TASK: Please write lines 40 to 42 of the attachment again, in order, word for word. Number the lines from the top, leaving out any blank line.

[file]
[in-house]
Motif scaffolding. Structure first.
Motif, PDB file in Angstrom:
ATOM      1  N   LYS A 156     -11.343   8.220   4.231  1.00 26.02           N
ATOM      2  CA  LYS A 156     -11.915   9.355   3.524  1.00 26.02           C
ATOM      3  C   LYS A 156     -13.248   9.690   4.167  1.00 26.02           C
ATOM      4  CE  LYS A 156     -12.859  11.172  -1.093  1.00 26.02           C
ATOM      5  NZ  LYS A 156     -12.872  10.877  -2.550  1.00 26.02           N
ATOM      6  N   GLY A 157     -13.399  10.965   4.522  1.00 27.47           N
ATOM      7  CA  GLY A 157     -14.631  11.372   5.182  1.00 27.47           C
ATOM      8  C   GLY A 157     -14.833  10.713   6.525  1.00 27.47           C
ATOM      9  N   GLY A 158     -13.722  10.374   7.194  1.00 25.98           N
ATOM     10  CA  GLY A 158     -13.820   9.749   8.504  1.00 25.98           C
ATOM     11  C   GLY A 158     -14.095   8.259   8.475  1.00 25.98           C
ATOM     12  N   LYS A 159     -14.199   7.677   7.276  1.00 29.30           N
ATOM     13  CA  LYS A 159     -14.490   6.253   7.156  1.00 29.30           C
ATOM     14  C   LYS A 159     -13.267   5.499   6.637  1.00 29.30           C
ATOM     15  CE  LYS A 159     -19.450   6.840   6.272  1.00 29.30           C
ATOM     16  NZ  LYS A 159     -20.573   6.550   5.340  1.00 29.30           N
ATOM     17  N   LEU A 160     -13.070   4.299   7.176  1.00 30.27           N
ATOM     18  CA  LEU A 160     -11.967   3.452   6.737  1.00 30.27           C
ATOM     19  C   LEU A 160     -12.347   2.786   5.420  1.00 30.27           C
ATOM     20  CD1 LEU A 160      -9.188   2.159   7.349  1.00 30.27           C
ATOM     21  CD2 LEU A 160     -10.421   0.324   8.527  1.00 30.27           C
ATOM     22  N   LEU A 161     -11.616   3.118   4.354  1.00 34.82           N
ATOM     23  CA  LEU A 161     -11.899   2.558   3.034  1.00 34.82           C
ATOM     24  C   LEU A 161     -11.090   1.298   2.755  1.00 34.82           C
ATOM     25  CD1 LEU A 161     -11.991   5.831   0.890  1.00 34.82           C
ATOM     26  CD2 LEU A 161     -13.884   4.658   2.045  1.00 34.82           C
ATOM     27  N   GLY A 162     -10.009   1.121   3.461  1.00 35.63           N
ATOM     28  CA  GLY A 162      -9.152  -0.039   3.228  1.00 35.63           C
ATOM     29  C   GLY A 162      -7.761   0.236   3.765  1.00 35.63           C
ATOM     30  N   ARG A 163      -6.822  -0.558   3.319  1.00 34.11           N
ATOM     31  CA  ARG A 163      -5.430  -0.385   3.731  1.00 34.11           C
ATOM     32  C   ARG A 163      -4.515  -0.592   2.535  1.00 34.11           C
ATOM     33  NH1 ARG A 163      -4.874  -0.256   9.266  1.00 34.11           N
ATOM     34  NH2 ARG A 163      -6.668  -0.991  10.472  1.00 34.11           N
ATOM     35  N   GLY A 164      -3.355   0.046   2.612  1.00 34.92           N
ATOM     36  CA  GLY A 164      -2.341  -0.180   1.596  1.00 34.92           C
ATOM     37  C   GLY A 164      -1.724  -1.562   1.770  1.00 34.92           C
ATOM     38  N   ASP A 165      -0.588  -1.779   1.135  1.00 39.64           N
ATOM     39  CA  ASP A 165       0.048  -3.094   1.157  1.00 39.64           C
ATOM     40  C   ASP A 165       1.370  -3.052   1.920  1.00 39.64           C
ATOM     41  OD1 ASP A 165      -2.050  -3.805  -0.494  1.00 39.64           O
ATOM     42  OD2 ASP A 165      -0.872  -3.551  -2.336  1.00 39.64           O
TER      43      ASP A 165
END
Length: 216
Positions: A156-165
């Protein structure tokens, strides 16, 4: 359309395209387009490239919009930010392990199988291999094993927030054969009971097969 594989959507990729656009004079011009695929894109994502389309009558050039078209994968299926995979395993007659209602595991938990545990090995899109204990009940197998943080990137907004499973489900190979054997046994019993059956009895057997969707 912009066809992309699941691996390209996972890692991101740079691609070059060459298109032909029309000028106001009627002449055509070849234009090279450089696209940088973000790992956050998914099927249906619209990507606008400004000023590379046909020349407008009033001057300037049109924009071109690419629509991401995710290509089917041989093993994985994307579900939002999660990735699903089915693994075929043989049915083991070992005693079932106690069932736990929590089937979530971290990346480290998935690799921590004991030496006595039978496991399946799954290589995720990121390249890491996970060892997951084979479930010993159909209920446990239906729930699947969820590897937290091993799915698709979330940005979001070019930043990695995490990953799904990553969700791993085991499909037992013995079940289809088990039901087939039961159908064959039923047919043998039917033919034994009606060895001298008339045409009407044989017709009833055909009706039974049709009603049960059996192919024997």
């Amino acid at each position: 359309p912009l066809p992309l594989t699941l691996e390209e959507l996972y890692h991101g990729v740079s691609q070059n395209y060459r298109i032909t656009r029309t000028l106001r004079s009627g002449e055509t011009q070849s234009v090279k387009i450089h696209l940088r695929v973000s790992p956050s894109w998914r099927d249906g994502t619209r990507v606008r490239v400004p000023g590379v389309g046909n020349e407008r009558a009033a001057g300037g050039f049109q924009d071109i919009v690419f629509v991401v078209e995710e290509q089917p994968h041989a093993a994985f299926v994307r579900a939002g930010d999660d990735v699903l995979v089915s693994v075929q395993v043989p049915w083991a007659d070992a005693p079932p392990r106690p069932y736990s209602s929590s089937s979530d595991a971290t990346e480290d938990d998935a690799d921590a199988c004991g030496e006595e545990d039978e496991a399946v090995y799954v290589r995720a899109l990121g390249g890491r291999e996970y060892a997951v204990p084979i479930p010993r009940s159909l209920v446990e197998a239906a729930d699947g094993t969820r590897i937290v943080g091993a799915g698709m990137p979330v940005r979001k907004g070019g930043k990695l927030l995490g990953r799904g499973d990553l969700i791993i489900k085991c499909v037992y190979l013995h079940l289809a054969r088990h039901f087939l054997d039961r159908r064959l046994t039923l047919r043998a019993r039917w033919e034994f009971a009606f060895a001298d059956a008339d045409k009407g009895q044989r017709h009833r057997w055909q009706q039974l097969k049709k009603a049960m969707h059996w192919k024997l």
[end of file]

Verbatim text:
ATOM     37  C   GLY A 164      -1.724  -1.562   1.770  1.00 34.92           C
ATOM     38  N   ASP A 165      -0.588  -1.779   1.135  1.00 39.64           N
ATOM     39  CA  ASP A 165       0.048  -3.094   1.157  1.00 39.64           C